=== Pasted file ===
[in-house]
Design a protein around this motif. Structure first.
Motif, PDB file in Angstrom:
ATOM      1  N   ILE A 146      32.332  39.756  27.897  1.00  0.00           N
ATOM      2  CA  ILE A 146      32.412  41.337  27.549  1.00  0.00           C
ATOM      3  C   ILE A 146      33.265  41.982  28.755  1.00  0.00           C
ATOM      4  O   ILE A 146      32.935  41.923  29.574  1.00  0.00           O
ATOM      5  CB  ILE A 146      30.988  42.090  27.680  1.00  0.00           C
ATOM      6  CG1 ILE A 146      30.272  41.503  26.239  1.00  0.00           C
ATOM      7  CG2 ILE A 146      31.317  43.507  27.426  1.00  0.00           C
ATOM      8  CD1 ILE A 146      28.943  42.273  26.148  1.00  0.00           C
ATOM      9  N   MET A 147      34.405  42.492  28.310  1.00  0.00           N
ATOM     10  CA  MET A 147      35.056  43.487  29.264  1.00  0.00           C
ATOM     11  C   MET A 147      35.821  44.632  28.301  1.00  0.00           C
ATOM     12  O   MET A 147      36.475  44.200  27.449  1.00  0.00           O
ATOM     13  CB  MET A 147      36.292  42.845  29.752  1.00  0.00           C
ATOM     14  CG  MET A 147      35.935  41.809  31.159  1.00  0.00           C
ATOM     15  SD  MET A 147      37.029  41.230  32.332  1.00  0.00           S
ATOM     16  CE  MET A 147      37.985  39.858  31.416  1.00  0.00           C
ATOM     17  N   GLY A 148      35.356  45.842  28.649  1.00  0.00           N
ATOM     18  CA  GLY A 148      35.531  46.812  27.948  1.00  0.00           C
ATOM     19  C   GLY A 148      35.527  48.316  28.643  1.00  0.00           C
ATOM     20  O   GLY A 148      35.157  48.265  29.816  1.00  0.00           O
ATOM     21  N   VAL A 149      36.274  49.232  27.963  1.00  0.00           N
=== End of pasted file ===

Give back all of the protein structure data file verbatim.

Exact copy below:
[in-house]
Design a protein around this motif. Structure first.
Motif, PDB file in Angstrom:
ATOM      1  N   ILE A 146      32.332  39.756  27.897  1.00  0.00           N
ATOM      2  CA  ILE A 146      32.412  41.337  27.549  1.00  0.00           C
ATOM      3  C   ILE A 146      33.265  41.982  28.755  1.00  0.00           C
ATOM      4  O   ILE A 146      32.935  41.923  29.574  1.00  0.00           O
ATOM      5  CB  ILE A 146      30.988  42.090  27.680  1.00  0.00           C
ATOM      6  CG1 ILE A 146      30.272  41.503  26.239  1.00  0.00           C
ATOM      7  CG2 ILE A 146      31.317  43.507  27.426  1.00  0.00           C
ATOM      8  CD1 ILE A 146      28.943  42.273  26.148  1.00  0.00           C
ATOM      9  N   MET A 147      34.405  42.492  28.310  1.00  0.00           N
ATOM     10  CA  MET A 147      35.056  43.487  29.264  1.00  0.00           C
ATOM     11  C   MET A 147      35.821  44.632  28.301  1.00  0.00           C
ATOM     12  O   MET A 147      36.475  44.200  27.449  1.00  0.00           O
ATOM     13  CB  MET A 147      36.292  42.845  29.752  1.00  0.00           C
ATOM     14  CG  MET A 147      35.935  41.809  31.159  1.00  0.00           C
ATOM     15  SD  MET A 147      37.029  41.230  32.332  1.00  0.00           S
ATOM     16  CE  MET A 147      37.985  39.858  31.416  1.00  0.00           C
ATOM     17  N   GLY A 148      35.356  45.842  28.649  1.00  0.00           N
ATOM     18  CA  GLY A 148      35.531  46.812  27.948  1.00  0.00           C
ATOM     19  C   GLY A 148      35.527  48.316  28.643  1.00  0.00           C
ATOM     20  O   GLY A 148      35.157  48.265  29.816  1.00  0.00           O
ATOM     21  N   VAL A 149      36.274  49.232  27.963  1.00  0.00           N